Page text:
Take Off Your Shoes!

Take Off Your Shoes!

14th Sunday after Pentecost
Pastor Mitch Coggin September 3, 2023 Proper 17 A

As we heard last week, Moses grew up in Egypt in Pharaoh’s court. He grew up with privilege and later learned of his people’s plight when he killed an Egyptian man abusing a Hebrew. Moses fled when Pharaoh sought to kill him and he escaped to Midian. There he married and was keeping his father-in-law’s flock when he came to Horeb, the mountain of God.

As Moses approached Horeb, something far from normal happened to him. He saw a bush burning without being consumed. Obviously, this piqued his interest so he decided to have a closer look. Then God called to him out of the bush and even called him by name, “Moses. Moses.”

Moses rightfully thought, “I need to pay attention to this. I need to stop what I am doing and listen.”

God instructed him, “Don’t come any closer, take off your sandals because where you are standing is holy ground.”

Why would this common place be considered holy ground? Isn’t this just dirt and rocks and maybe some grass that he was able to find for the sheep? Perhaps there is a new understanding for holy ground. It is the place where God’s presence is seen and felt. It is the place God spoke to Moses to get his attention so Moses is able to hear what God has for him to do.

Moses hid his face because he was afraid to look. I think we can understand that. This was a supernatural event that would rattle any of us. God calms Moses’ fear. God says, I am the God of your fathers, Abraham, Isaac and Jacob. God wants Moses to remember who he is by reminding him who God is. Moses had forgotten his Hebrew heritage and what was important to him.

God explains to Moses that he was in touch with the misery of his people in Egypt and had heard their cry. He had seen their suffering and he had come to deliver them. God explains to Moses his mission to free the Hebrews from Pharaoh’s rule and lead God’s people out of Egypt. God reminded Moses that he would be with him just as he was in that place at that moment.

In the very beginning, God asked Moses to take off his shoes to get ready for what God was preparing him to do. God was asking Moses to do what seemed impossible. On what holy ground do we stand, without even being aware?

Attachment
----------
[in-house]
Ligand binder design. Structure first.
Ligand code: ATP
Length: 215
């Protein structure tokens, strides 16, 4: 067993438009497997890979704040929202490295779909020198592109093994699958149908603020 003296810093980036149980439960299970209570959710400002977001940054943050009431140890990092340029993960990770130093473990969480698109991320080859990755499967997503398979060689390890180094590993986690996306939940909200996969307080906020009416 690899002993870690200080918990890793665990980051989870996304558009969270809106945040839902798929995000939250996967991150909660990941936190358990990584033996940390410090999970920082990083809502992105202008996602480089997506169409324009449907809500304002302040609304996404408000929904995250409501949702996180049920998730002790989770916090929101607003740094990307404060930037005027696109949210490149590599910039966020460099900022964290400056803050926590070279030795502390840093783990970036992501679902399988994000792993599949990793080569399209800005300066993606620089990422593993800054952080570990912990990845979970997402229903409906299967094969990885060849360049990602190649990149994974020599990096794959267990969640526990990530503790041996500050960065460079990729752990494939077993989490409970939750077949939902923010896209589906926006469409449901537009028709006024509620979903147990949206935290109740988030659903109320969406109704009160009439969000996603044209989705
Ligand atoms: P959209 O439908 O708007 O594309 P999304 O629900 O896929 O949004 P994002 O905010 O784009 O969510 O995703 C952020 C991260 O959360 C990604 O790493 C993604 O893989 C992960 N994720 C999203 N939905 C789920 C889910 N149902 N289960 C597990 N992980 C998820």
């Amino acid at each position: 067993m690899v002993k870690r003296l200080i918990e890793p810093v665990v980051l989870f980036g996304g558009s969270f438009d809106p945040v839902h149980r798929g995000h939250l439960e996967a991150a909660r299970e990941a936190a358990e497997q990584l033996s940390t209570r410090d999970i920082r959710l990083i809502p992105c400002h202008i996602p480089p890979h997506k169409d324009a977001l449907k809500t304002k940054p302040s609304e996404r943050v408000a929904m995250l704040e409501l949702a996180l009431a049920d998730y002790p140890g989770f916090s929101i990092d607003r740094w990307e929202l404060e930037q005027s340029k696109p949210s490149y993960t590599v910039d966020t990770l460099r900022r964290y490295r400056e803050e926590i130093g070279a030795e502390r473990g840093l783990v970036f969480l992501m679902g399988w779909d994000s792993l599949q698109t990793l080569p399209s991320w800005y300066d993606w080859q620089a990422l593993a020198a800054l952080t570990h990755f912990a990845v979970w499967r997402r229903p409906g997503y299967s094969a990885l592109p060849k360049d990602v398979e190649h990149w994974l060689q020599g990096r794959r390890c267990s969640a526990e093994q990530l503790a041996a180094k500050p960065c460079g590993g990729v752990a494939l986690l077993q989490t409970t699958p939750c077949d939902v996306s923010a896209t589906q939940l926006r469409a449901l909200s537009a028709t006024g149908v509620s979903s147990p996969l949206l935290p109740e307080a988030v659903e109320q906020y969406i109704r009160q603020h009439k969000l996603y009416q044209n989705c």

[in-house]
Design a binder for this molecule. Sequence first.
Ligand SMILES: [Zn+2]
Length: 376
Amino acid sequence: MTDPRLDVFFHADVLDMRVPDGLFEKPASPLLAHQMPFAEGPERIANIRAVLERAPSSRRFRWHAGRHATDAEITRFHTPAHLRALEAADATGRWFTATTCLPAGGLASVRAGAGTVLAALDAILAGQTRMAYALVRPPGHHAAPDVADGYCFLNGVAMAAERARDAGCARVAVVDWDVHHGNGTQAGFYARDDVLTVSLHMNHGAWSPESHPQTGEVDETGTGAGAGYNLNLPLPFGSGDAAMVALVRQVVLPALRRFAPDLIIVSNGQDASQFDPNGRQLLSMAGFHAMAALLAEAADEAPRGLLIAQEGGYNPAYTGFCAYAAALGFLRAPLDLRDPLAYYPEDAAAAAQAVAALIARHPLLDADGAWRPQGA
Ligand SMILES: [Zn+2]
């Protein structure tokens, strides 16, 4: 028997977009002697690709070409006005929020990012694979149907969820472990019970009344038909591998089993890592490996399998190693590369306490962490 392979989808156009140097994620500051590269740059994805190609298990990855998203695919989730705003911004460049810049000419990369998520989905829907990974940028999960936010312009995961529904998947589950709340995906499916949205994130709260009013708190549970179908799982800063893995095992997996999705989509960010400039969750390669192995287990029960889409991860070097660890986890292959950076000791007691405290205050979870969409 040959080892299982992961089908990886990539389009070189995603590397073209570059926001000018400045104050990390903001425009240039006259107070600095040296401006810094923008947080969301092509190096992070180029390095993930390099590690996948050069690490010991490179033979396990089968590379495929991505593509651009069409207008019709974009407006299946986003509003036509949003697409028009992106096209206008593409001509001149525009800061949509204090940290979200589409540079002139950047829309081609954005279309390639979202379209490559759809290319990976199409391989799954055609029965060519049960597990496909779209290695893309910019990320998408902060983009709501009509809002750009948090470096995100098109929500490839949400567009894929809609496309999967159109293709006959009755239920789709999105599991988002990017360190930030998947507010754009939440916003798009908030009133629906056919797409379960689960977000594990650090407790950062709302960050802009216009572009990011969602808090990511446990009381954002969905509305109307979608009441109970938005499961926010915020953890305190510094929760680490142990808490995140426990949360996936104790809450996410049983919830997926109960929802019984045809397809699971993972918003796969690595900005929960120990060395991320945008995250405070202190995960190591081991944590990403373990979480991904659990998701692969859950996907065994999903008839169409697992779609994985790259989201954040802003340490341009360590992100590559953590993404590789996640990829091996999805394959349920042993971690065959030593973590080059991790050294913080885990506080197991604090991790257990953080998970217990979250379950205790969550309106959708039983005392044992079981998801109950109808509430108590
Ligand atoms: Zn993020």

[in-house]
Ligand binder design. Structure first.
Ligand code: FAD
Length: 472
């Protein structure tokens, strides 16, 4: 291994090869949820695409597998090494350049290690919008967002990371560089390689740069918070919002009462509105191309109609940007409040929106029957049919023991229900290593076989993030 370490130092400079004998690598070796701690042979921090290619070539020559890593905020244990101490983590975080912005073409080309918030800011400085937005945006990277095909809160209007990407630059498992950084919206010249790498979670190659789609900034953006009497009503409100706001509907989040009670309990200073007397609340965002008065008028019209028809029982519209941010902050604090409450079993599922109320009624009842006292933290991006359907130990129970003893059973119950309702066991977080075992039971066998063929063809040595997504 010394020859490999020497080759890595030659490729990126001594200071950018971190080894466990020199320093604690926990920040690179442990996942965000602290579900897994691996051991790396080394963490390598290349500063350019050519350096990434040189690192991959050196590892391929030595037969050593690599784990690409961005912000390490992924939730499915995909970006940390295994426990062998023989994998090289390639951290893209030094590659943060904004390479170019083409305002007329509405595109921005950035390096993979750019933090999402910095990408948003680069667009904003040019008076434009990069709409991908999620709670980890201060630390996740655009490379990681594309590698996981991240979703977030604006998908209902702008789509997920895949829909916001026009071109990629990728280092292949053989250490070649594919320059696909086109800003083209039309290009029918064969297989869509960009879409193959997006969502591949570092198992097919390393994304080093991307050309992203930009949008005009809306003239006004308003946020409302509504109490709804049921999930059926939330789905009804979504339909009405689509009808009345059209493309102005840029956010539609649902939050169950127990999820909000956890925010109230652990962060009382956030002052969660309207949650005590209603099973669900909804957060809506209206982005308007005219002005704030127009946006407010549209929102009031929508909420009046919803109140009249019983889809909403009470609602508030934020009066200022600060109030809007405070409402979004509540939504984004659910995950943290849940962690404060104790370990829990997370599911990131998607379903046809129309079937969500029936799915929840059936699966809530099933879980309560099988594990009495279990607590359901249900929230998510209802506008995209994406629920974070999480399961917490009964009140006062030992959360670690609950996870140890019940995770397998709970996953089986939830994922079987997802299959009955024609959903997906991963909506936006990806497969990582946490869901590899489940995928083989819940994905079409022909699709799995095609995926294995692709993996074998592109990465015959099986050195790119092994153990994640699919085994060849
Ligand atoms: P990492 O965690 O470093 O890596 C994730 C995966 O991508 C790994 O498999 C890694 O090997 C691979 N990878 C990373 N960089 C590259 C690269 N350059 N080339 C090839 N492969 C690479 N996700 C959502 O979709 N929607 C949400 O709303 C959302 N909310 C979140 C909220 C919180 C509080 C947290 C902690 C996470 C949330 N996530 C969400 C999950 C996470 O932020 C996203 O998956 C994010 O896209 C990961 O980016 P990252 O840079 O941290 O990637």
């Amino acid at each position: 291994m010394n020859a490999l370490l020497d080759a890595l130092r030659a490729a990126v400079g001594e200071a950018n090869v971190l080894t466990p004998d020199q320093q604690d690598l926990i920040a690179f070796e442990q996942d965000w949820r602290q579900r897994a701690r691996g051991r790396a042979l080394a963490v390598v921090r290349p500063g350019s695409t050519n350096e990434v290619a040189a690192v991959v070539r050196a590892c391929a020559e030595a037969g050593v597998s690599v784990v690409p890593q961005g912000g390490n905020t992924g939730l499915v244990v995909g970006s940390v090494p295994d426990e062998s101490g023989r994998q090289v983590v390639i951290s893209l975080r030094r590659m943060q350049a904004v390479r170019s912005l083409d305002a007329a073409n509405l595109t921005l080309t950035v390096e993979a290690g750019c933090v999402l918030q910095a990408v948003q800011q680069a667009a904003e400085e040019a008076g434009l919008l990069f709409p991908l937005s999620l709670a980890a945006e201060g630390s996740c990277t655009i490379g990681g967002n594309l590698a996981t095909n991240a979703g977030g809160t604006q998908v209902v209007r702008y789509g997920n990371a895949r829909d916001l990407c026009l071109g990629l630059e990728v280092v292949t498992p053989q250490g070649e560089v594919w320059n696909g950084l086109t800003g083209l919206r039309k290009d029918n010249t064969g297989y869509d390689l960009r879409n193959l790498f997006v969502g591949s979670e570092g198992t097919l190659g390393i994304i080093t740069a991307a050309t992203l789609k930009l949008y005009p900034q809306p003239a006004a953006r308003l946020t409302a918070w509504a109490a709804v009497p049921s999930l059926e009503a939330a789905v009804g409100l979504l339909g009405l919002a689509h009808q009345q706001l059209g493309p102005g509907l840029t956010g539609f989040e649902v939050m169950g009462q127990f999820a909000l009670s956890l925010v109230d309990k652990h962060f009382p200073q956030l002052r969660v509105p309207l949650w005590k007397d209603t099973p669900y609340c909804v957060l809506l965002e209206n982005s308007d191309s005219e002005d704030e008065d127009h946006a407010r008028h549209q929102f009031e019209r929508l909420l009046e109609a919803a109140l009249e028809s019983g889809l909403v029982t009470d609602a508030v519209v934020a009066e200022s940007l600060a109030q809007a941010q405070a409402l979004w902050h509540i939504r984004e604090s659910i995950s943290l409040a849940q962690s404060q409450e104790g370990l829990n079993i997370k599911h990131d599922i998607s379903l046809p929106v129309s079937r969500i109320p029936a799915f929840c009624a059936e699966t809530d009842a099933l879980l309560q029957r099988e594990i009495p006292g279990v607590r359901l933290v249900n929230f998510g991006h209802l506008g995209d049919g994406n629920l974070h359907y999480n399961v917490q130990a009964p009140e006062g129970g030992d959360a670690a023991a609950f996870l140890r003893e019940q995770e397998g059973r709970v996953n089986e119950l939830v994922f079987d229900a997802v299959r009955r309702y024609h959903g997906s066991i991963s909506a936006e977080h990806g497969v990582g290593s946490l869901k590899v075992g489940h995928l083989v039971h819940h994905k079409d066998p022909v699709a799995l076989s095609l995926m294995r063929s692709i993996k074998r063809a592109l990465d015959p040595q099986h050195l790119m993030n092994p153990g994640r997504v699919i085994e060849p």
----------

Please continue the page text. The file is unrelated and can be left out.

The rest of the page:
In the second passage we read, Paul shows his love for this Roman church and his letter details how they were to become a Christian community in a secular city. Chapter 12 begins, “Do not be conformed but transformed by the renewing of your mind, so that you may discern what is the will of God—what is good and acceptable and perfect which is your spiritual worship.” This sets the stage for Paul’s instruction in verses 9-21 that we read.

In these verses there are 23 separate imperatives that guide how we are to act, think, and behave as a transformed community. These imperatives include: “let your love be genuine, hold fast to what is good, serve the Lord, be patient in suffering, persevere in prayer.” Do these seem like impossible tasks?

Transformed individuals become a transformed community. What does it mean to be a transformed community? What would it mean to consider people’s actions assuming that their motives are good even if at first glance we may expect the opposite?

You may have seen this article in Thursday’s Times Colonist. UBC researchers gave an unconditional cash transfer of $7,500 to 50 people experiencing homelessness in Metro Vancouver. They compared the people’s spending for the next 12 months.

In a parallel U.S. survey, the researchers reported people predicted that unhoused recipients of the cash would spend 81% on temptations– such as alcohol, drugs, and tobacco. Contrary to those assumptions, the B.C. study showed that the cash helped reduce homelessness. The recipients actually spent the money on housing, clothing, food, and transit. The results disproved people’s perceptions.

This story is an example of the imperatives about which Apostle Paul writes. “Do not be haughty but associate with the lowly; do not repay evil for evil but take thought for what is nobel in the sight of all; and extend hospitality to strangers. That is how we reflect generosity toward those both in and outside of the church.

What perceptions do we have in our own community that need to be challenged and changed? This is the seemingly impossible task of “taking off our shoes” to which we are called.

Walter Brueggeman describes that to live in harmony requires us to swallow some of our favorite agenda in order that the world can see the power of God that draws us beyond our own righteous purposes.

We return to the place and call where God shows us the impossible and guides us to do the difficult ministries that we think we can’t do.

Take off your shoes, where you are standing is holy ground.